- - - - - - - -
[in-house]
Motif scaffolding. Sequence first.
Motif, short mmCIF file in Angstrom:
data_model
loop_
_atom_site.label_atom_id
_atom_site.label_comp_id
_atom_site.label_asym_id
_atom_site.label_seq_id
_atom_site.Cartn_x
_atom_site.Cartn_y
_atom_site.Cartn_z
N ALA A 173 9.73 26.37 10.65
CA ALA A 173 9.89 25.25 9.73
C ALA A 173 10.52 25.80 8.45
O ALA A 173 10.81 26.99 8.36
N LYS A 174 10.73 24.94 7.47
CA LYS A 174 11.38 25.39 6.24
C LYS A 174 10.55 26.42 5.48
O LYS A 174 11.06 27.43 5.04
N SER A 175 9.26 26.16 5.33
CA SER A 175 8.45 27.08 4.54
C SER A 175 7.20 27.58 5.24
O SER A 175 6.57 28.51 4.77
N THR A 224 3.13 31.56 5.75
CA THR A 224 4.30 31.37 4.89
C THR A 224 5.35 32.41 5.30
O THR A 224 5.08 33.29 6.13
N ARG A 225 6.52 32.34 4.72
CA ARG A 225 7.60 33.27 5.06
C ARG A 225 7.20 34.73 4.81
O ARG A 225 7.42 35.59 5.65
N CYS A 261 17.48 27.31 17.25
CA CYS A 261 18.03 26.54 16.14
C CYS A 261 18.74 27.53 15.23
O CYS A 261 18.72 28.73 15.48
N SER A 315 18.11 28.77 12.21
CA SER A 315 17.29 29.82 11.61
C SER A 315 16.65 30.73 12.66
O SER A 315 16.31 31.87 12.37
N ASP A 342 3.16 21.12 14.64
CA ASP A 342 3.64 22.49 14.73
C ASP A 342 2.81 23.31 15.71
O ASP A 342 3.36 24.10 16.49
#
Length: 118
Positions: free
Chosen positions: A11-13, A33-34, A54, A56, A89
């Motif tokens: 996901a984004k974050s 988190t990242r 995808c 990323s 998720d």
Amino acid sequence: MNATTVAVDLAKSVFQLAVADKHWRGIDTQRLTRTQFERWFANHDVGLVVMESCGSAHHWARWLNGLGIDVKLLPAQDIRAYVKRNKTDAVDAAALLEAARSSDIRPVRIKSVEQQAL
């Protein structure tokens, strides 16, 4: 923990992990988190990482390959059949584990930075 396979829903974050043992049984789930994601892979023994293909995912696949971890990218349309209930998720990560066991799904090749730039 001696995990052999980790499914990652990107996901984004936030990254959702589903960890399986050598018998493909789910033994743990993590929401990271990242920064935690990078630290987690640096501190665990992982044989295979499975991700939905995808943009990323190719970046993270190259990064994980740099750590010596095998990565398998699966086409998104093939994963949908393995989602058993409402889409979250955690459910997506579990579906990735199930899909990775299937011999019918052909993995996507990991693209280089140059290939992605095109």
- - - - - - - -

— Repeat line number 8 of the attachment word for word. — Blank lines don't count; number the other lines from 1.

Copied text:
_atom_site.label_asym_id